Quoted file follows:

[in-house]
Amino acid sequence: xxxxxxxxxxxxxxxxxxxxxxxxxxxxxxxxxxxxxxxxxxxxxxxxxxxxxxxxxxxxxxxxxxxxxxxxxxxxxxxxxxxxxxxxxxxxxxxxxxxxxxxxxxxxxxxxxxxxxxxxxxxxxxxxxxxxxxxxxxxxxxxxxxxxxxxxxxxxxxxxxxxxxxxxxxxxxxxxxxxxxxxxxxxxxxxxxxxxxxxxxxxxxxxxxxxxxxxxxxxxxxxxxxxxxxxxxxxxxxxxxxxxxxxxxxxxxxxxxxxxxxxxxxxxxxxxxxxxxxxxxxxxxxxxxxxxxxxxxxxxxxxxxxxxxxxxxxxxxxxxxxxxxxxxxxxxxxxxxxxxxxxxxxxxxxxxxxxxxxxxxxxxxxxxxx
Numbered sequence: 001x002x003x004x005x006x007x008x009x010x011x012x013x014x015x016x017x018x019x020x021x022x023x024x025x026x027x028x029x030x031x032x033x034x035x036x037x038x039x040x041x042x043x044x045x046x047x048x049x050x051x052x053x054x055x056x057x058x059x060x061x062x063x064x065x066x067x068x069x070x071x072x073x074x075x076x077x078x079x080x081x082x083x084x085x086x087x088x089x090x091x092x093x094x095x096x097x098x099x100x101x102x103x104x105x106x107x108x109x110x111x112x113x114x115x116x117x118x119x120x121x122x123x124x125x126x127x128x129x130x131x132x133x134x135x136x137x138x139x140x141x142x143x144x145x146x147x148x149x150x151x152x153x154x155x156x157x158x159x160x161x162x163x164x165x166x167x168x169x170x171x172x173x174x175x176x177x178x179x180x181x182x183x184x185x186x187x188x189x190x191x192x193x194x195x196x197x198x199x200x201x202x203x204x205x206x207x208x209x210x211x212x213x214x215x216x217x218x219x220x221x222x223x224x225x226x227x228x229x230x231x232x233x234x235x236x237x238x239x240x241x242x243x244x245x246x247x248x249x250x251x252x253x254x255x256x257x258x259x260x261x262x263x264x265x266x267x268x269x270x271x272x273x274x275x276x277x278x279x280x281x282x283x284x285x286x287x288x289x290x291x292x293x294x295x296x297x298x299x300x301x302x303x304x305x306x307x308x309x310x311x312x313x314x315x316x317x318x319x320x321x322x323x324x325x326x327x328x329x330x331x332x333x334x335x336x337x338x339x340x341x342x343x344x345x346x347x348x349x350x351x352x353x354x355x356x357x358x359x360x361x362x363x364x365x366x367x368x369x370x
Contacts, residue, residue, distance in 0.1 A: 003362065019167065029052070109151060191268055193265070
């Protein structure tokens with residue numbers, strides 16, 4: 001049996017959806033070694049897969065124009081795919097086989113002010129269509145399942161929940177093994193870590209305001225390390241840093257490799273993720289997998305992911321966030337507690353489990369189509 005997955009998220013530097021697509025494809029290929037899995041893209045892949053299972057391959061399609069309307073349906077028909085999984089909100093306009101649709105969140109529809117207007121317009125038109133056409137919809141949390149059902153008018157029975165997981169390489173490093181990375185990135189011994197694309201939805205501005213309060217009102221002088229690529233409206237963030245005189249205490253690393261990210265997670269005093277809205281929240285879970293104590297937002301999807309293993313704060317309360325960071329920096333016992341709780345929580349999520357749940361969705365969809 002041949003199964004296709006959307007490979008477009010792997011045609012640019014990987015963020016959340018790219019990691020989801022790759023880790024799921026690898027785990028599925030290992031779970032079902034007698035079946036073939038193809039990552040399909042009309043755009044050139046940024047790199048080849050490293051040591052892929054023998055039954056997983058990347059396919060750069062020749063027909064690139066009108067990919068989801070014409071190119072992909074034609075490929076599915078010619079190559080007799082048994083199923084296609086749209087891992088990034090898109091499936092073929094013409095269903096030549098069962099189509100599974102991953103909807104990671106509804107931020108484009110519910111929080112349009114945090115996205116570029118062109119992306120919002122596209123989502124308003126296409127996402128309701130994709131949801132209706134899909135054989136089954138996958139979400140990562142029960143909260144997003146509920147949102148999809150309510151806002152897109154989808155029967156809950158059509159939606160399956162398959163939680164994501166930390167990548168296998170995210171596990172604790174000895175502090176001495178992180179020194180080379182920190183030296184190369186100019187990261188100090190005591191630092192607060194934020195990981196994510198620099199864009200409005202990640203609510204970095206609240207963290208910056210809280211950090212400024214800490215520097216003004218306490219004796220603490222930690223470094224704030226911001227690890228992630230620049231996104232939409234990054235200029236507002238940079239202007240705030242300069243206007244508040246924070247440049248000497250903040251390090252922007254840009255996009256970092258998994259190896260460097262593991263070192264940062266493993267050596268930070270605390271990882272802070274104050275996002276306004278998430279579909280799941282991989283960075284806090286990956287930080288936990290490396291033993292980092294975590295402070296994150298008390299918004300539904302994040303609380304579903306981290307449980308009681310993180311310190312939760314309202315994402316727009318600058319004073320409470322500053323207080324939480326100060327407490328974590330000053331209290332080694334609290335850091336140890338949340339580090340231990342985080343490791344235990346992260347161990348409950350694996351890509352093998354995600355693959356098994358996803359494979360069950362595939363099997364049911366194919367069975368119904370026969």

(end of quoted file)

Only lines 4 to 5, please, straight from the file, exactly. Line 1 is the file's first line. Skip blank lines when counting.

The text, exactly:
Contacts, residue, residue, distance in 0.1 A: 003362065019167065029052070109151060191268055193265070
């Protein structure tokens with residue numbers, strides 16, 4: 001049996017959806033070694049897969065124009081795919097086989113002010129269509145399942161929940177093994193870590209305001225390390241840093257490799273993720289997998305992911321966030337507690353489990369189509 005997955009998220013530097021697509025494809029290929037899995041893209045892949053299972057391959061399609069309307073349906077028909085999984089909100093306009101649709105969140109529809117207007121317009125038109133056409137919809141949390149059902153008018157029975165997981169390489173490093181990375185990135189011994197694309201939805205501005213309060217009102221002088229690529233409206237963030245005189249205490253690393261990210265997670269005093277809205281929240285879970293104590297937002301999807309293993313704060317309360325960071329920096333016992341709780345929580349999520357749940361969705365969809 002041949003199964004296709006959307007490979008477009010792997011045609012640019014990987015963020016959340018790219019990691020989801022790759023880790024799921026690898027785990028599925030290992031779970032079902034007698035079946036073939038193809039990552040399909042009309043755009044050139046940024047790199048080849050490293051040591052892929054023998055039954056997983058990347059396919060750069062020749063027909064690139066009108067990919068989801070014409071190119072992909074034609075490929076599915078010619079190559080007799082048994083199923084296609086749209087891992088990034090898109091499936092073929094013409095269903096030549098069962099189509100599974102991953103909807104990671106509804107931020108484009110519910111929080112349009114945090115996205116570029118062109119992306120919002122596209123989502124308003126296409127996402128309701130994709131949801132209706134899909135054989136089954138996958139979400140990562142029960143909260144997003146509920147949102148999809150309510151806002152897109154989808155029967156809950158059509159939606160399956162398959163939680164994501166930390167990548168296998170995210171596990172604790174000895175502090176001495178992180179020194180080379182920190183030296184190369186100019187990261188100090190005591191630092192607060194934020195990981196994510198620099199864009200409005202990640203609510204970095206609240207963290208910056210809280211950090212400024214800490215520097216003004218306490219004796220603490222930690223470094224704030226911001227690890228992630230620049231996104232939409234990054235200029236507002238940079239202007240705030242300069243206007244508040246924070247440049248000497250903040251390090252922007254840009255996009256970092258998994259190896260460097262593991263070192264940062266493993267050596268930070270605390271990882272802070274104050275996002276306004278998430279579909280799941282991989283960075284806090286990956287930080288936990290490396291033993292980092294975590295402070296994150298008390299918004300539904302994040303609380304579903306981290307449980308009681310993180311310190312939760314309202315994402316727009318600058319004073320409470322500053323207080324939480326100060327407490328974590330000053331209290332080694334609290335850091336140890338949340339580090340231990342985080343490791344235990346992260347161990348409950350694996351890509352093998354995600355693959356098994358996803359494979360069950362595939363099997364049911366194919367069975368119904370026969």